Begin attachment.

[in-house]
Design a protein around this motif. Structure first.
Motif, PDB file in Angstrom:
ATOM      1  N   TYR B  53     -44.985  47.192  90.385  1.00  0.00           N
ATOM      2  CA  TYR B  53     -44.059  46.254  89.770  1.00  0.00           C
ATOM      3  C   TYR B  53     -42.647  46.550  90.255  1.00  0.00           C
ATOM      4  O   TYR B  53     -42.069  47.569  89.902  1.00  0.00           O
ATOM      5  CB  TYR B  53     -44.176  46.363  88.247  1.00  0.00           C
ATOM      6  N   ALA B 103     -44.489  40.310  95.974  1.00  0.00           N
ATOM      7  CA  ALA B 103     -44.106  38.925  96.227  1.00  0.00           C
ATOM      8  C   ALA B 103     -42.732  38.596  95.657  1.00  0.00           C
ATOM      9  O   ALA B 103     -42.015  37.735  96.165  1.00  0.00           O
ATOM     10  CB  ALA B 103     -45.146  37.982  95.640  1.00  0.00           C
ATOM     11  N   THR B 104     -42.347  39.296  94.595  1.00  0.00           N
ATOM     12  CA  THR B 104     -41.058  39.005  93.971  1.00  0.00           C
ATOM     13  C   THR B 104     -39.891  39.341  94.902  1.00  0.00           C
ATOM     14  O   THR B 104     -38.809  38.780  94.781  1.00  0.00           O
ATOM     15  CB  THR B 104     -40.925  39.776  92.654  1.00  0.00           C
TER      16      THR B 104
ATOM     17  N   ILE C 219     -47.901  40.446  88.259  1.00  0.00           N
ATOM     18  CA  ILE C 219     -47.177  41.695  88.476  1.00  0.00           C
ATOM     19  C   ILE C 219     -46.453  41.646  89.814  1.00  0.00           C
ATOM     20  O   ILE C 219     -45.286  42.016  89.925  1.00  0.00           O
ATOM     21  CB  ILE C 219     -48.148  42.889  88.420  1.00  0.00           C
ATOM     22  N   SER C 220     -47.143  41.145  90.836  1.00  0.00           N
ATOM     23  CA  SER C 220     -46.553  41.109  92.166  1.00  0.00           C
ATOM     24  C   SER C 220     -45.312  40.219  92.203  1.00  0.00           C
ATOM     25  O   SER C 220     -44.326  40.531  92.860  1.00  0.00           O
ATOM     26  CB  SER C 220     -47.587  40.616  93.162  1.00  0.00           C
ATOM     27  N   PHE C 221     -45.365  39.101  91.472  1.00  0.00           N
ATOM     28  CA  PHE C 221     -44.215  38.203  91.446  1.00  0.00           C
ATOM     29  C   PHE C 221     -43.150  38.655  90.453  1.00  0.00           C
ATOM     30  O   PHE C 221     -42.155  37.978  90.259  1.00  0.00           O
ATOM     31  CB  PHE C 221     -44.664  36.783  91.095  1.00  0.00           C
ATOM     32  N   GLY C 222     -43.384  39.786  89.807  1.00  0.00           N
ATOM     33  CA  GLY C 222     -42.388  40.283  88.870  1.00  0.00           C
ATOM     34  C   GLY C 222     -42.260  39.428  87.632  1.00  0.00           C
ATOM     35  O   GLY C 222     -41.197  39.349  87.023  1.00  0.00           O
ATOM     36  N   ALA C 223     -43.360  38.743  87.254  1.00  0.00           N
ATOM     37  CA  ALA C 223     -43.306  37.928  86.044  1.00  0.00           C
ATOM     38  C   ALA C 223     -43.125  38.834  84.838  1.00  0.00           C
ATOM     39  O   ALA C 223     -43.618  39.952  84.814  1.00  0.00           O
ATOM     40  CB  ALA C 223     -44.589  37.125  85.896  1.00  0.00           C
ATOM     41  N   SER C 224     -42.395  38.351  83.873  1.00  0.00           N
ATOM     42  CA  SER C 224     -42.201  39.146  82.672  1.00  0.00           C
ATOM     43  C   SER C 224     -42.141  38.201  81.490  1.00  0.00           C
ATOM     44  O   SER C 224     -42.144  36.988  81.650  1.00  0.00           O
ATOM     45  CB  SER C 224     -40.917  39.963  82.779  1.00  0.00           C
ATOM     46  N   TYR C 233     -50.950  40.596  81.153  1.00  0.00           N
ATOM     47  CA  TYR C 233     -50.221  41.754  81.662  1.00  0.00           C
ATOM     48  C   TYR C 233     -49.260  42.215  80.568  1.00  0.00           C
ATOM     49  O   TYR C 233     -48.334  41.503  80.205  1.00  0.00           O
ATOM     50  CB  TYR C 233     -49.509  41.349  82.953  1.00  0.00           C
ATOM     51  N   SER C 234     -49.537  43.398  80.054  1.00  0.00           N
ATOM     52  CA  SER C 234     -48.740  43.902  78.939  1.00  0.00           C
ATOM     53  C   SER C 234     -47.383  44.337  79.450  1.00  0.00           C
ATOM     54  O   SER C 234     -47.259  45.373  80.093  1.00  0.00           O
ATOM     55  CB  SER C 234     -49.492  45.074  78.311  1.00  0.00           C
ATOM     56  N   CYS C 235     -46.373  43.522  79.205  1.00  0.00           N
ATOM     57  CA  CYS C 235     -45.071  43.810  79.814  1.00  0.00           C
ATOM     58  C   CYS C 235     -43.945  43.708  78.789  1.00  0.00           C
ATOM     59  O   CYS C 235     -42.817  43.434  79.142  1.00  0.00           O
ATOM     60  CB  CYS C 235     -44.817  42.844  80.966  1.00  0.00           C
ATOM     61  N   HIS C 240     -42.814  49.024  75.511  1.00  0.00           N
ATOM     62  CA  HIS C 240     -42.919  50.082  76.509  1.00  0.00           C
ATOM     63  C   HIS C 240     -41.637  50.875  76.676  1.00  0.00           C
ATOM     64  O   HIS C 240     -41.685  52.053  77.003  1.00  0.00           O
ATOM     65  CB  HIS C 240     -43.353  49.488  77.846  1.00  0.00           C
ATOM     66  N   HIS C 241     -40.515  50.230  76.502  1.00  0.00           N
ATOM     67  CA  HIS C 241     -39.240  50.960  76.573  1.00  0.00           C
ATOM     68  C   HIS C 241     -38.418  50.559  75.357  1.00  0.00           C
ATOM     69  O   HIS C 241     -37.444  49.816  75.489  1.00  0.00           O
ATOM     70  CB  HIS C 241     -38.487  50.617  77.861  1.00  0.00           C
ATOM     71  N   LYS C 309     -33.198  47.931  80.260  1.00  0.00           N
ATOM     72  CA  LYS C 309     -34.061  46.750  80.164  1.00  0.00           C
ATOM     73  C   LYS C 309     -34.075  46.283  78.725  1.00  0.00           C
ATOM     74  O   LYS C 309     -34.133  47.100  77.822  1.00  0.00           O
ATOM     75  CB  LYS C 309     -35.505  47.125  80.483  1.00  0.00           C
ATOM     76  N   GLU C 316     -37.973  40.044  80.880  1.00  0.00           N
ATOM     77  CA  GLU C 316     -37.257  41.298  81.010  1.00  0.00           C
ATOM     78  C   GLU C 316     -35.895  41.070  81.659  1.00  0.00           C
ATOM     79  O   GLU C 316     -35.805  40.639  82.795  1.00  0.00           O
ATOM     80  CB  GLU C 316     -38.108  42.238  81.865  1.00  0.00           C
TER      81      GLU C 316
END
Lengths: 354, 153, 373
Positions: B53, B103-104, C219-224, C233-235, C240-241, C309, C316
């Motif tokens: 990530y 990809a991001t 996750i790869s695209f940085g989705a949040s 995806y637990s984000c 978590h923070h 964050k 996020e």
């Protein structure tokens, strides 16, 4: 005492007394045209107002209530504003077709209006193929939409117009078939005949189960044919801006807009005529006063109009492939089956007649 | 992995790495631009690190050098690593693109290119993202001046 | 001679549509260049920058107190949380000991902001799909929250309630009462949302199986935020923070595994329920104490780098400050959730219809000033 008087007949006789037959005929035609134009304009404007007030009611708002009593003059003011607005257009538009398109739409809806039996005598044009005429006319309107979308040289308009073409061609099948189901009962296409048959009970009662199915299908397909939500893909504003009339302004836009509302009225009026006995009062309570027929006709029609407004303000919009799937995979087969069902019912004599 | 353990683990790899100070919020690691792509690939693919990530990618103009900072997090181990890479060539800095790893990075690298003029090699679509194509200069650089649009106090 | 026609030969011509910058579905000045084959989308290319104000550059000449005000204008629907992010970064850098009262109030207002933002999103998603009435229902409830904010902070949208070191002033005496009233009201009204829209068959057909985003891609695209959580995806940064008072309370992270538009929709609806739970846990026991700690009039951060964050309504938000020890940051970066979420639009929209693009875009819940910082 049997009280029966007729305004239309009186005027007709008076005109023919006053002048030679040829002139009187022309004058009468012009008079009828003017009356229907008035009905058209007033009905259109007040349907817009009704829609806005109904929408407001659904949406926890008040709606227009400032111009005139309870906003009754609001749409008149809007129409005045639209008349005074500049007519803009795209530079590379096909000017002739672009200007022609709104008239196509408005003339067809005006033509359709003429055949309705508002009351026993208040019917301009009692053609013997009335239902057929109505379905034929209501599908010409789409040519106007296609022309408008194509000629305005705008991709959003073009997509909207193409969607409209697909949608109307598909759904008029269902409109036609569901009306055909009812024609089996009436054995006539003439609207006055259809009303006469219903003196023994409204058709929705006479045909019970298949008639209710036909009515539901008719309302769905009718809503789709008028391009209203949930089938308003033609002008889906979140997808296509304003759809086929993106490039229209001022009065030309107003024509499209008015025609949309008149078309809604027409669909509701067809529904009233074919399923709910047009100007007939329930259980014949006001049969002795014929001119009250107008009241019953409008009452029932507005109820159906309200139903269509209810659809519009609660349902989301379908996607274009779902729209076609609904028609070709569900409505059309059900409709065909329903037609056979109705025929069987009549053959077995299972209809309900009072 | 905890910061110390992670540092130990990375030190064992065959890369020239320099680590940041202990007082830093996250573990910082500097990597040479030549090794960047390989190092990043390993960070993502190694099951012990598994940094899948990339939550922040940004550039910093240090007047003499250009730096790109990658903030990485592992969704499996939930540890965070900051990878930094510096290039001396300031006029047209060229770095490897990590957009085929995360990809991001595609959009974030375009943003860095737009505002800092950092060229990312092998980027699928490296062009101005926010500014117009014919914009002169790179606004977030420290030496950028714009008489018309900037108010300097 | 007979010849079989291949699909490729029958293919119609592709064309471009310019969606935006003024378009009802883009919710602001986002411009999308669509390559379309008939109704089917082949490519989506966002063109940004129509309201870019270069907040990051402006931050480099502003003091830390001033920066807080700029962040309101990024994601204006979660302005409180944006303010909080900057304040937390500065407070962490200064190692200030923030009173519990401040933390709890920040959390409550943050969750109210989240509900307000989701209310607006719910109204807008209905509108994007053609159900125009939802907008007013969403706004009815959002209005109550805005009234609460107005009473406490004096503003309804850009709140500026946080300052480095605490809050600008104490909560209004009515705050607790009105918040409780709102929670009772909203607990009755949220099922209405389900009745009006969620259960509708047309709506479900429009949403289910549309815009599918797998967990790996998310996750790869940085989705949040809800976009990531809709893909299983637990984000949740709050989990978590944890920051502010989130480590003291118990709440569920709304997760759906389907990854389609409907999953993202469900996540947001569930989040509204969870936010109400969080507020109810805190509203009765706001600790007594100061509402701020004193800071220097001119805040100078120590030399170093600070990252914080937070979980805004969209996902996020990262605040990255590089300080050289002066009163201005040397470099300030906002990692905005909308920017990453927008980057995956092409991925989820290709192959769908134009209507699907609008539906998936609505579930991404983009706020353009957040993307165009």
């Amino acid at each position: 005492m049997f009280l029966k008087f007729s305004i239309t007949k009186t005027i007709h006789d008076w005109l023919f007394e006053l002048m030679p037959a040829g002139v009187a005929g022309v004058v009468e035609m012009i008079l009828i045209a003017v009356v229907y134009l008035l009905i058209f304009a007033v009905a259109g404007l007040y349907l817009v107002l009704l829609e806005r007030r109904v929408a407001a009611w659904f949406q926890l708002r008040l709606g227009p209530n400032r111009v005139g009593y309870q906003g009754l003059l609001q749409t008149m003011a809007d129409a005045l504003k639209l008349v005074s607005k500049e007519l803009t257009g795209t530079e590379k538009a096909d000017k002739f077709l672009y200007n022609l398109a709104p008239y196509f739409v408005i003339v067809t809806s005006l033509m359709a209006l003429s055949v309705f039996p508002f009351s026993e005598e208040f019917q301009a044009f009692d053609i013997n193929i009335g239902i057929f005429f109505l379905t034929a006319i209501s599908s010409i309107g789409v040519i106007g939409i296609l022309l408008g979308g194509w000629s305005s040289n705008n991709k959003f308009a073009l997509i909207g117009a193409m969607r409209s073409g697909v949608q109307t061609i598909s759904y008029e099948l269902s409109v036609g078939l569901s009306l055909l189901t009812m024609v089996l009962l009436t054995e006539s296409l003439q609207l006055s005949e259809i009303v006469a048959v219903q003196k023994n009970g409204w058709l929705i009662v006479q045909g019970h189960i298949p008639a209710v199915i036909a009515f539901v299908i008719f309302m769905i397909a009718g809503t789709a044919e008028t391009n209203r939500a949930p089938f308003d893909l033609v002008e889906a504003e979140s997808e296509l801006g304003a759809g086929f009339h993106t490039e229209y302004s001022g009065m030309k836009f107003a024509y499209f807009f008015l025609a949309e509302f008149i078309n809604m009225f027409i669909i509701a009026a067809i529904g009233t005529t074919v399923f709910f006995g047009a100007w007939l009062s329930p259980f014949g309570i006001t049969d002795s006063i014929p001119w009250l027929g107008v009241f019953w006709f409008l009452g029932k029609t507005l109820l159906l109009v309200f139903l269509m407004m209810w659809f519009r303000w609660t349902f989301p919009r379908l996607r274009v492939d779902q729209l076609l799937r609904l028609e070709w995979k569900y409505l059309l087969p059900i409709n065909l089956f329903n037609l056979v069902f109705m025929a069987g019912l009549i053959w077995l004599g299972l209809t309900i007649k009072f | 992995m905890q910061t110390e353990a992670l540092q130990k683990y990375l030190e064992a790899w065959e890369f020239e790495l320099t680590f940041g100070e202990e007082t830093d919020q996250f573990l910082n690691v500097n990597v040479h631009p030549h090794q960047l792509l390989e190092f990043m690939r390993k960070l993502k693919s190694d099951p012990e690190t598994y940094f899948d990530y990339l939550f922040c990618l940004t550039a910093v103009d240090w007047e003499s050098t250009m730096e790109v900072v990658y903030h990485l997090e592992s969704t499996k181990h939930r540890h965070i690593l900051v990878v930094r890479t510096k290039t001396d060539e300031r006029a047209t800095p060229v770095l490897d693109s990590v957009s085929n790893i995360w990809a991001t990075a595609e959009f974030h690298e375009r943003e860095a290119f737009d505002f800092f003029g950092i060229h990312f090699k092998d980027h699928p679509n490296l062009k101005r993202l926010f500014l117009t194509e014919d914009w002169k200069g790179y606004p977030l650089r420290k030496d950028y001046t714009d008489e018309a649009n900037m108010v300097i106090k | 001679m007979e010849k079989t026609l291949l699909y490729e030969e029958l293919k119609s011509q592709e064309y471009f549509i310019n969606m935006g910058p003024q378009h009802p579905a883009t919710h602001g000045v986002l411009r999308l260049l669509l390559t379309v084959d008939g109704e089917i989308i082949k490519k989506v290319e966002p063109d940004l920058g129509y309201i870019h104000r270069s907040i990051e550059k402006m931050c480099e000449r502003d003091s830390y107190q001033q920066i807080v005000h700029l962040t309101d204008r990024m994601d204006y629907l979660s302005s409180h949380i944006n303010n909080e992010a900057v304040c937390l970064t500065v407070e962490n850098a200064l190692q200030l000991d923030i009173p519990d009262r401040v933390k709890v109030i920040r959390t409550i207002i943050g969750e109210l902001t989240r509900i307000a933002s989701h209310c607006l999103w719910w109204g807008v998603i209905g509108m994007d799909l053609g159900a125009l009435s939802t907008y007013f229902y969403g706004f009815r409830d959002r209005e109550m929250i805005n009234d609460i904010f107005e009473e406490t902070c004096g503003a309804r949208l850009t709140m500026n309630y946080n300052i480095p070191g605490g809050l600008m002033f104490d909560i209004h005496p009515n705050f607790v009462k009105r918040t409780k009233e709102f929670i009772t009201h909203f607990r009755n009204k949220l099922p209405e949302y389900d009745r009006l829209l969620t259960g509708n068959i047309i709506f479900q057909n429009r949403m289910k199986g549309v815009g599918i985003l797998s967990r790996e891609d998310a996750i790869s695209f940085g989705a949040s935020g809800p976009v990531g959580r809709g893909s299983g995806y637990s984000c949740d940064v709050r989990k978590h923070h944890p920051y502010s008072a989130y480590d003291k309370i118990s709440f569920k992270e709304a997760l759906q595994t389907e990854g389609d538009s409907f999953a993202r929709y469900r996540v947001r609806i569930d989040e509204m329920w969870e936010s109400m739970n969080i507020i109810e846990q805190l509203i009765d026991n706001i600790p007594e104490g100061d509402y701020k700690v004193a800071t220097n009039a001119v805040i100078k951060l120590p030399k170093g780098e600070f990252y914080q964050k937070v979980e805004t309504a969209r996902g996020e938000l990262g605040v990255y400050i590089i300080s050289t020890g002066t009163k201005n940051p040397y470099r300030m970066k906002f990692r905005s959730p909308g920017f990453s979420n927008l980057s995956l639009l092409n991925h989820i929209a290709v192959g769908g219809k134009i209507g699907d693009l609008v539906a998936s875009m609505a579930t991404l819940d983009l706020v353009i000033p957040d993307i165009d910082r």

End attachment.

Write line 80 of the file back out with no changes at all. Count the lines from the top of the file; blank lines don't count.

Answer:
ATOM     77  CA  GLU C 316     -37.257  41.298  81.010  1.00  0.00           C